Saturday Interview: Grounded Willett has Georgia on his mind

Before embarking on a journey that took him to Doral and Disneyworld, and ends next week among the azaleas of Augusta, Danny Willett made a point of going back to his roots.

Danny Willett of England holds the trophy after winning the Nedbank Golf Challenge at the Gary Player Country Club in Sun City. (AP Photo/Themba Hadebe)

On a frosty February morning, the 27-year-old from Sheffield loaded his clubs into the car boot and headed to leafy Thrybergh in Rotherham to play 18 holes with his friends.

“I played at Rotherham, went out with my best mate who caddies for Pete Uhlein and another good friend of ours,” says Willett, the world’s 47th-ranked golfer.

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“We were playing for a bit of money, I got beaten, and there was a lot of banter flying.

Danny Willett at a media day to preview his appearance at the Masters. (Picture: Scott Merrylees SM1007/17d)

“I like being able to walk into the clubhouse and no-one bats an eyelid. You walk in, have a drink, go and play golf, come back in and have a drink and a laugh with everyone that’s in there. It brings you back to normality.

“When you’re at competitions and you’re getting dragged here, there and everywhere to do bits and bobs, you don’t really get much time to sit on your own, to sit with the wife or just go to dinner without someone wanting something.

“I like to come home, lock the door, turn my phone off and have a bit of time on my own.

“It’s the main reason you come home between tournaments; cook for yourself, let the dog run wild and just relax.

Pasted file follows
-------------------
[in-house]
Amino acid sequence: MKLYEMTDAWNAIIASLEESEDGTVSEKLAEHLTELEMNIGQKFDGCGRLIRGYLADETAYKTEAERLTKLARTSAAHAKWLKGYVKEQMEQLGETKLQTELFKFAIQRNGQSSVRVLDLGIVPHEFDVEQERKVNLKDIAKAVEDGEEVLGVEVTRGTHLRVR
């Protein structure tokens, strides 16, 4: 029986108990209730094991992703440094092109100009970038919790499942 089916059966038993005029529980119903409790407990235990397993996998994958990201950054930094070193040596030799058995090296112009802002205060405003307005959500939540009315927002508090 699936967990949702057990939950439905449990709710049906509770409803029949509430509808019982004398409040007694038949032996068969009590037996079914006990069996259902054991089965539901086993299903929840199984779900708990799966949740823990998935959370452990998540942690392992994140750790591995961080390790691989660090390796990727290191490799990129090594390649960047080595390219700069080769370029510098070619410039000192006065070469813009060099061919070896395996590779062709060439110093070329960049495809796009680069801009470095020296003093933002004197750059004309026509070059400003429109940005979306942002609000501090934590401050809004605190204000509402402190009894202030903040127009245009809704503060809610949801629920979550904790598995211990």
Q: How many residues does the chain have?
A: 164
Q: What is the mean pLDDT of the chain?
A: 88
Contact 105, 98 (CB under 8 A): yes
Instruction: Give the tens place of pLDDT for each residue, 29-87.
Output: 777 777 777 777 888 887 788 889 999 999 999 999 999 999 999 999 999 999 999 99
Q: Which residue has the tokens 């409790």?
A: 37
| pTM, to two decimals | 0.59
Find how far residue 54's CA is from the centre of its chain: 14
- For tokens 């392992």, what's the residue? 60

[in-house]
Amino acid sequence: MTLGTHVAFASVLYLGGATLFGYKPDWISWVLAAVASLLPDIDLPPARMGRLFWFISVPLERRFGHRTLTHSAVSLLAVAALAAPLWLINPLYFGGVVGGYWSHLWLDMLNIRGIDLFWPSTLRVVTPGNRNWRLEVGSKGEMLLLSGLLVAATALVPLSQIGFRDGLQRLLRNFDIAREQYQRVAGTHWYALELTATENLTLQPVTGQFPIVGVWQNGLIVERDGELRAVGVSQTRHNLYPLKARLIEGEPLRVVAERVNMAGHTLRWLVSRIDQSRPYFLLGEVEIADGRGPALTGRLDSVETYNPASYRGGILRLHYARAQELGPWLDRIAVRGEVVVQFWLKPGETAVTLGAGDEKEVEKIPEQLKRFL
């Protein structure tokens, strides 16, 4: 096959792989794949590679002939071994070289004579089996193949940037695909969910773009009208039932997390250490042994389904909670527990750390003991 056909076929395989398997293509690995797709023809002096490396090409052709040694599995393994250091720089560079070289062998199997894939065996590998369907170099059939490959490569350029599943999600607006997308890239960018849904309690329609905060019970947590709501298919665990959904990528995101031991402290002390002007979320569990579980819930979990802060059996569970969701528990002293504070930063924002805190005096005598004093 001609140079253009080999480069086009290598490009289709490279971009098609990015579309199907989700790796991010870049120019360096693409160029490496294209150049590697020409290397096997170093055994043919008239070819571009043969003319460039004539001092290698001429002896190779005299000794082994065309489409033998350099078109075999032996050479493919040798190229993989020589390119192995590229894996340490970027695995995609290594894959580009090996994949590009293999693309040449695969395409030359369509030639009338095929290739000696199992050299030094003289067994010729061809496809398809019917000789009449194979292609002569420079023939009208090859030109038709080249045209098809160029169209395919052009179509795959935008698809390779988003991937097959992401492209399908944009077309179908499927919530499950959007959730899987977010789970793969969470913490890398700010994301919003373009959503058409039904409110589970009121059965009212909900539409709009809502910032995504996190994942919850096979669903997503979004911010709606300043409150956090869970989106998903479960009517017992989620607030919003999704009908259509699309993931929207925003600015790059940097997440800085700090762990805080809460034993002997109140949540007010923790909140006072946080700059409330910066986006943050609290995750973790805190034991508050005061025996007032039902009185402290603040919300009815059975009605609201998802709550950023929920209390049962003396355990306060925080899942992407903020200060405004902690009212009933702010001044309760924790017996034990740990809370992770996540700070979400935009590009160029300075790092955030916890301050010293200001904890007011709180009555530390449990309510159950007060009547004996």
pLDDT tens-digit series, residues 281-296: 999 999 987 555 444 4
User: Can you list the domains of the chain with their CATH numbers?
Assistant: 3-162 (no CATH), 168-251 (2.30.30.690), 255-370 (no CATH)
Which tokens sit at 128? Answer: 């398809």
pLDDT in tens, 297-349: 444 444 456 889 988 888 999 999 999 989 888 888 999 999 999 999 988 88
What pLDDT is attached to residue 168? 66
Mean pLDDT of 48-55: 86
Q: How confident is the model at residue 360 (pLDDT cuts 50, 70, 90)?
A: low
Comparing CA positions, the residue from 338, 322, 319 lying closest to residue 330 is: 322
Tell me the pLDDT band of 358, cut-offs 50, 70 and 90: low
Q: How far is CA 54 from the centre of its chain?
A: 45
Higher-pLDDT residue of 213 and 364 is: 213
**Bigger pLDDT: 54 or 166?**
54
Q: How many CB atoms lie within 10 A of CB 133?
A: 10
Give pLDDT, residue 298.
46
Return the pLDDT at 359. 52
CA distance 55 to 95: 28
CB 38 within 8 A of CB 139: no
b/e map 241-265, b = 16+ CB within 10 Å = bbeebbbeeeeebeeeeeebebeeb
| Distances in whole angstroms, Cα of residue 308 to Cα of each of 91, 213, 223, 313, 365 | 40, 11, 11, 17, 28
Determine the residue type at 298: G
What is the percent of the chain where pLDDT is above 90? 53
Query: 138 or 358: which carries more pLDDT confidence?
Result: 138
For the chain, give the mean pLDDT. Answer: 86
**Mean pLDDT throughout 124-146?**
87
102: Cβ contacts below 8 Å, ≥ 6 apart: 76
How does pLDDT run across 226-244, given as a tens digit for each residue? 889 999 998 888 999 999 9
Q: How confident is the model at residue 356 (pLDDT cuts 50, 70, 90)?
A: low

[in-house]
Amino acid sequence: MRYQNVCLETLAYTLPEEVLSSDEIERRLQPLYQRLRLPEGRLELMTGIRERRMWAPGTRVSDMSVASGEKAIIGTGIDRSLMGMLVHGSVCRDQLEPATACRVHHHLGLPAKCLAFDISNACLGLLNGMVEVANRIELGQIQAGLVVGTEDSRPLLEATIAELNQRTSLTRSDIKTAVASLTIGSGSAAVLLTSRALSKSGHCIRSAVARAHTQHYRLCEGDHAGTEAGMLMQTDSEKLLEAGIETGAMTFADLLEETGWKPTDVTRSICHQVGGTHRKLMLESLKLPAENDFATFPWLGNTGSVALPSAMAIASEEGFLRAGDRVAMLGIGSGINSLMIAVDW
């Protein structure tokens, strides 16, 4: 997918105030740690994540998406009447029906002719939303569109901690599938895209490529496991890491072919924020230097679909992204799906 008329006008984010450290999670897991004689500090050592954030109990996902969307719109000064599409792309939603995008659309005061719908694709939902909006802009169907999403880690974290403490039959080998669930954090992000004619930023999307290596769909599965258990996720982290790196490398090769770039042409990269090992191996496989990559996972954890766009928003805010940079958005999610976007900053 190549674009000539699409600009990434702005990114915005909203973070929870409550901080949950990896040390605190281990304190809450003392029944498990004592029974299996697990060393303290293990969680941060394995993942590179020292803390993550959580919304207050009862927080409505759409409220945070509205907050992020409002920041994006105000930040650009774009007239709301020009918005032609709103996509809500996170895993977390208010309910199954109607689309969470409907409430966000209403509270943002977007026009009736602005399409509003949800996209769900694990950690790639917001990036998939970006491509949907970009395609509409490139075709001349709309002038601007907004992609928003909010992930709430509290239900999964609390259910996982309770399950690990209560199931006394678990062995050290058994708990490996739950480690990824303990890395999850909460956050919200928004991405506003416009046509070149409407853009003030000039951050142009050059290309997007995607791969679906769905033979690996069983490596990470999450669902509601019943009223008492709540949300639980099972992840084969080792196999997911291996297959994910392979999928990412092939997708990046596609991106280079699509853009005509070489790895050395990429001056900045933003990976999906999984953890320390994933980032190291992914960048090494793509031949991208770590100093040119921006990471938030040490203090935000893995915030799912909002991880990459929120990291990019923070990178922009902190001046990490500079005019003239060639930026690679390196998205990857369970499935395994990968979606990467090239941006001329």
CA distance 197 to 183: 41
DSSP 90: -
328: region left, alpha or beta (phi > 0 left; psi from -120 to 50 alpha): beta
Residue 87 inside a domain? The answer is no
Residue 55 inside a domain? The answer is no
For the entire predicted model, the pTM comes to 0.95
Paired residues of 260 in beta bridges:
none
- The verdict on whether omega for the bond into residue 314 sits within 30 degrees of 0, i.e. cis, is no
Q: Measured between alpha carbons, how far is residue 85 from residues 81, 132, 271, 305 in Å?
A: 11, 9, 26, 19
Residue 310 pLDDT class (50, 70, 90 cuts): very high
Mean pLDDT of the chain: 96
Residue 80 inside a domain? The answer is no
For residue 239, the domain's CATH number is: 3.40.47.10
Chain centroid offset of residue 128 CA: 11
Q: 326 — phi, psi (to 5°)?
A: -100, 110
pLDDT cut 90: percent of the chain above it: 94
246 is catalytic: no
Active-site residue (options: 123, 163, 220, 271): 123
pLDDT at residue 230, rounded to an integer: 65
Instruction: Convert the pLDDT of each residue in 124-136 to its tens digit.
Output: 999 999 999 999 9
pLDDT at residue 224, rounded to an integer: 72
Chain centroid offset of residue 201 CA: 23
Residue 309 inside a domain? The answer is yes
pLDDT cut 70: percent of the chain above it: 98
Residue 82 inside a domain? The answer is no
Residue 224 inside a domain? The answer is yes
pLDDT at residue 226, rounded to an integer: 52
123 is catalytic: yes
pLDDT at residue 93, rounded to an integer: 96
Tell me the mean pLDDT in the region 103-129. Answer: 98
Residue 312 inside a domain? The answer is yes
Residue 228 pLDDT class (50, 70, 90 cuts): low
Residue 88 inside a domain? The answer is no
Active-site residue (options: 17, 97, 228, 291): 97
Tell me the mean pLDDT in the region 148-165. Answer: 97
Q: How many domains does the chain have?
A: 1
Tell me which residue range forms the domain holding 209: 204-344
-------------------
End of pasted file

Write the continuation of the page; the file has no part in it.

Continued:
“As good as Tour life is, that’s not my life, it’s being at home, being with my wife, being with my family and spending time with friends who you know through circumstances other than golf.

“That’s important to me.”

It is a slice of banality that on his rapid rise up the rankings, Willett is determined to cling to.

These last two years have certainly tested that resolve. Marriage, a new home and a change of management company have all been contributing factors to his greatest form on the golf course, which has seen him climb into the top 50 in the world and into the exclusive field for the Masters for the first time.

With that rise has come greater exposure, like the media day ISM had to stage for him to accommodate all the requests on his time, that a couple of years ago were alien to a player who has always tried to be amenable.

“I don’t mind the exposure. You know what comes with these things,” says Willett.

“Part and parcel of playing well and being up there is you’ve got other things that you’ve got to throw into the mix.

“You’ve got to make sure that your time management is good and you can do everything you need to do, and make sure you give the people that are trying to help you out enough time to help you achieve your goals.”

The need to meet the media so early arose because Willett was heading to America seven weeks before the year’s first major to get his game in preparation for the unique test of the Masters.

If a 12th-place finish at the WGC event at Doral, another competitive four rounds at Bay Hill and a few days with wife Nicole at Disneyworld in Florida in between is anything to go by, Willett will head down Magnolia Drive in form and relaxed.